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- What Is a Film Producer and What Does a Film Producer Do?
- 7 Different Types of Producers
- How Do You Find a Producer For Your Independent Film?
- Step 1: Prepare a Film Presentation Package
- Step 2: Reach Out With a Pithy Email
- Step 3: Follow Up
- Step 4: Find a Personal Connection
- Step 5: Attend Festivals and Markets
- Step 6: Adjust Course as Needed
- Want to Become a Better Filmmaker?
What Is a Film Producer and What Does a Film Producer Do?
A film producer is the person responsible for finding and launching a film project. This can mean anything and everything from arranging financing, hiring writers, hiring a director, hiring key members of the creative team, and overseeing all elements of pre-production, production and post-production, right up to release.
It is not uncommon for a film production to have several producers. Some producers hold the title in name only, in exchange for ceding rights to the story, for example, or contributing financing to the film. But most producers actively work on set, overseeing production logistics from start to finish, in close collaboration with the director.
The Producers Guild of America is the principal professional organization of producers in Hollywood.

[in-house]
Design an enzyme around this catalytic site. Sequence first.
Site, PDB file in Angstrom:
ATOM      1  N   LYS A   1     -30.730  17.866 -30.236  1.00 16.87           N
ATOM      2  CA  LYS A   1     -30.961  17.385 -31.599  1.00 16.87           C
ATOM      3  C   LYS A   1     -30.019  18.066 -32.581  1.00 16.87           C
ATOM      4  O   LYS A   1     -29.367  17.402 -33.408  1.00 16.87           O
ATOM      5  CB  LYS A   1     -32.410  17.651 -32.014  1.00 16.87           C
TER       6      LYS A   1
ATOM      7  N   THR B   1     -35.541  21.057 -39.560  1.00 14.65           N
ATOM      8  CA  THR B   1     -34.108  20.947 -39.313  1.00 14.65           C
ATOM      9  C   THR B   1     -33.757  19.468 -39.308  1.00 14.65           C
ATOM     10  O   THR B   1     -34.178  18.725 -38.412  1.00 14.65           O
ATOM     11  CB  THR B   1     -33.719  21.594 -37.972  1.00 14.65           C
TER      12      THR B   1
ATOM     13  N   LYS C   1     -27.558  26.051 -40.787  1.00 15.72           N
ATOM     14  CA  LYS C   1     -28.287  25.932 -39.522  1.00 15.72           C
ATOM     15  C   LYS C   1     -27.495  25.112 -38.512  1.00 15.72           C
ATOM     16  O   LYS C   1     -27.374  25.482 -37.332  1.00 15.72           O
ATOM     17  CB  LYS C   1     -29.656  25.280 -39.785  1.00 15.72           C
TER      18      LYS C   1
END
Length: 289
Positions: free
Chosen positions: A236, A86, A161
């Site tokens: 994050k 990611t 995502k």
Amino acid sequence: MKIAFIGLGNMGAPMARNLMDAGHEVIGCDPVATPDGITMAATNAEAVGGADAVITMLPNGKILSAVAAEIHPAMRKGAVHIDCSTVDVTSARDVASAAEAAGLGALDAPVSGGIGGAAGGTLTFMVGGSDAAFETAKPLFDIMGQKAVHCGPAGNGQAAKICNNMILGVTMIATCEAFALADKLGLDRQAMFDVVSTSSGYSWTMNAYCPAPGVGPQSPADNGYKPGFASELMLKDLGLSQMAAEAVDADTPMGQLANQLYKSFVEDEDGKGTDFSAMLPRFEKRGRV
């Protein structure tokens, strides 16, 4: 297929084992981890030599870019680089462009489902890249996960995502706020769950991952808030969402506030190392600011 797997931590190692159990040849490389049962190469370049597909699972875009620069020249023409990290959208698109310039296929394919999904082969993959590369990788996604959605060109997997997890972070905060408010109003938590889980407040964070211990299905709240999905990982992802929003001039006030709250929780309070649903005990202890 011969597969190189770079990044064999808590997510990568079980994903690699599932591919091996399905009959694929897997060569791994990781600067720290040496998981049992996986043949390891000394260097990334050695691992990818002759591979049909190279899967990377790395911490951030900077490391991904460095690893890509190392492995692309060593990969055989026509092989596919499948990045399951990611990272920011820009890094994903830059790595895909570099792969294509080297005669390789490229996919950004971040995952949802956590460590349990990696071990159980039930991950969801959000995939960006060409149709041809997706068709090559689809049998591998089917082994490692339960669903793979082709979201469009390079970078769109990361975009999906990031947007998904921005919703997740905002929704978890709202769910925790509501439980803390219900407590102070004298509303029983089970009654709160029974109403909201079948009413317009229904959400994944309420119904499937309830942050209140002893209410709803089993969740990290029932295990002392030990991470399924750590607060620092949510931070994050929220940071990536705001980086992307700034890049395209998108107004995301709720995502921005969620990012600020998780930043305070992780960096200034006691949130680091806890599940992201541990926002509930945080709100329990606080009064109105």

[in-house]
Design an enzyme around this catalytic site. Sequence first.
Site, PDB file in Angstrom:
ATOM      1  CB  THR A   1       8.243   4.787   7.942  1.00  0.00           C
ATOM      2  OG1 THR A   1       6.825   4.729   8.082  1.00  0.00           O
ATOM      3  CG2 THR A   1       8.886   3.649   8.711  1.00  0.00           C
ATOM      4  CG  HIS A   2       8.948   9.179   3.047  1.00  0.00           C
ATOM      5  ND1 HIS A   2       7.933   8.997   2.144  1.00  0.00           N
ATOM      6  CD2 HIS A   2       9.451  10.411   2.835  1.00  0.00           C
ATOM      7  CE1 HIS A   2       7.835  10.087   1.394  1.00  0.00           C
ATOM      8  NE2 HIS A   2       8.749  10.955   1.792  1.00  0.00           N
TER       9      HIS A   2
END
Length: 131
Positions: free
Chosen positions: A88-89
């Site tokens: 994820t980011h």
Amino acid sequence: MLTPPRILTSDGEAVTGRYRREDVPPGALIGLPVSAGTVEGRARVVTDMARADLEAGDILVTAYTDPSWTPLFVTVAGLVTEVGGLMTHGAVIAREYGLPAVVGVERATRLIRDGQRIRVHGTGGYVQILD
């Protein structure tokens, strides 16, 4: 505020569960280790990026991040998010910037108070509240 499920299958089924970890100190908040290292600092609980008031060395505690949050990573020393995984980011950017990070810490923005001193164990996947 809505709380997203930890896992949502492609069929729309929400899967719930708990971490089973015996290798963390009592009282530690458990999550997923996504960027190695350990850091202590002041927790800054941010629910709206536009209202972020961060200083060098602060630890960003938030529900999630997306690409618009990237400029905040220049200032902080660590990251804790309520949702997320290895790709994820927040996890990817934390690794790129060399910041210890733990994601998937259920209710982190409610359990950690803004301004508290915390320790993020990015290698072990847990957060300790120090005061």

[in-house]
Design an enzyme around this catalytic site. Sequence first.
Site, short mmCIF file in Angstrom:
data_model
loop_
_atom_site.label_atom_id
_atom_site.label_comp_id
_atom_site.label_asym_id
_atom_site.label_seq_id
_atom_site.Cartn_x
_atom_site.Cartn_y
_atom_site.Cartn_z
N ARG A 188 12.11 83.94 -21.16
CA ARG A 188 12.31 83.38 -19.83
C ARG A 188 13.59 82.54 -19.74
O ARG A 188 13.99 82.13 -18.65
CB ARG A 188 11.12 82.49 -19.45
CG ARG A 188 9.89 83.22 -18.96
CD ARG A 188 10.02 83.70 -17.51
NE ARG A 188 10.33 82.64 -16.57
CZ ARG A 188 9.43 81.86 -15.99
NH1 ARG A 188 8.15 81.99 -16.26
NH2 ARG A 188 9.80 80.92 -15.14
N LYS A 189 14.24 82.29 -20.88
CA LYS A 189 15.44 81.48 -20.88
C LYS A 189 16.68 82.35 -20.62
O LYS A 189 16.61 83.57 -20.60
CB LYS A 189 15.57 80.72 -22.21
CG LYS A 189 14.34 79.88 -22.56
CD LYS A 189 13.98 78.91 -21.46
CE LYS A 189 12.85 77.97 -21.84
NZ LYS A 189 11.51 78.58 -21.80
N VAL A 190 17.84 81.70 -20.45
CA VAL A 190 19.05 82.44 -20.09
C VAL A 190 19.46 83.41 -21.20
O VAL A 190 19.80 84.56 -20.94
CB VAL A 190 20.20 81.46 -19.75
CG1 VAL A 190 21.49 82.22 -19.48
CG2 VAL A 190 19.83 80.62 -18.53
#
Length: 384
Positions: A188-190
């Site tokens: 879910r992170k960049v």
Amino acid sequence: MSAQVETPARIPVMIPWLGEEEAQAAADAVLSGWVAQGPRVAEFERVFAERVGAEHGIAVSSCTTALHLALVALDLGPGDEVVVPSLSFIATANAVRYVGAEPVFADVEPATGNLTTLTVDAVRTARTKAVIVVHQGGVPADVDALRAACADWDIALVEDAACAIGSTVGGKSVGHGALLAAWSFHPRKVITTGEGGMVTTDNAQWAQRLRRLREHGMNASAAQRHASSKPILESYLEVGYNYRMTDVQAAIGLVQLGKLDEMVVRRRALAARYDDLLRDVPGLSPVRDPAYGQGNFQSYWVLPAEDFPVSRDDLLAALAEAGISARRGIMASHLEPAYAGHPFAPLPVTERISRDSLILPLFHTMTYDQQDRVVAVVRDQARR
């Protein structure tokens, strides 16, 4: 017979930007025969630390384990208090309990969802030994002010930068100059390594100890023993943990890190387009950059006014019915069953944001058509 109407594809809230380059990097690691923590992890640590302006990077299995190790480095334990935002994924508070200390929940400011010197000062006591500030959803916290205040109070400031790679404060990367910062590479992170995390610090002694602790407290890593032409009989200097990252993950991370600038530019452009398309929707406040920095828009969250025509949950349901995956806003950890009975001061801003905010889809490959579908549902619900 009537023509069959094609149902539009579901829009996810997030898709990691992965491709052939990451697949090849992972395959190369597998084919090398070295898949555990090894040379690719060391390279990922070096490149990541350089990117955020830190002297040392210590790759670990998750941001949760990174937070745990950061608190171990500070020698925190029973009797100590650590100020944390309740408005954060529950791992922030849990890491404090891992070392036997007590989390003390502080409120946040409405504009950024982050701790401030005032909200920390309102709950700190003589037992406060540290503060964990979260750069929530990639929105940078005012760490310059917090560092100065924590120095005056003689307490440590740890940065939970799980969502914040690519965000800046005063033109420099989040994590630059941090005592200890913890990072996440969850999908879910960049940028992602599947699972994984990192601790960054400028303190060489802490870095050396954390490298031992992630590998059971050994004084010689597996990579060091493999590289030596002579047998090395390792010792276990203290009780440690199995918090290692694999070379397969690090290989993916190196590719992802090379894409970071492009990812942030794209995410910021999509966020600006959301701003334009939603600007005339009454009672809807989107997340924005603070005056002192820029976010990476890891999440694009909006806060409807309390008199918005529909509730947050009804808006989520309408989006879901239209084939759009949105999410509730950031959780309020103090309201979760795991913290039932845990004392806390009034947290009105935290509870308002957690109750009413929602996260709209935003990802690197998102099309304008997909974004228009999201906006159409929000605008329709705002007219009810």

7 Different Types of Producers
Movie credits often list a number of different producers, but rarely is it clear what exactly each contributed to the film. Producing encompasses a range of roles, and in some cases, one person wears all the hats.
In most cases, however, the roles are divided and shared amongst different people, each with a different title. Among the most common types of producers on a motion picture, film, or TV show are:
- Executive producers typically contribute a considerable sum of their own money to a project, and thus earn a top credit in the film. They may also secure additional financing and handle accounting and legal issues.
- Producers actively work on set, overseeing production logistics from start to finish, in close collaboration with the director.
- Line producers are the task-masters of a film, making sure it stays on time and budget. They are responsible for breaking down the script to create line items in a budget, planning a production timeline, coordinating the schedules and activities of various departments, and handling human resources.
- Creative producers partner closely with the director on artistic matters. They facilitate the hiring of talent, supervise script revisions, communicate director notes, and coordinate a unified style and approach between departments.
- Showrunners are television producers who have an overall creative vision for a series, and who have authority and management responsibility over the various directors who have been hired for specific episodes.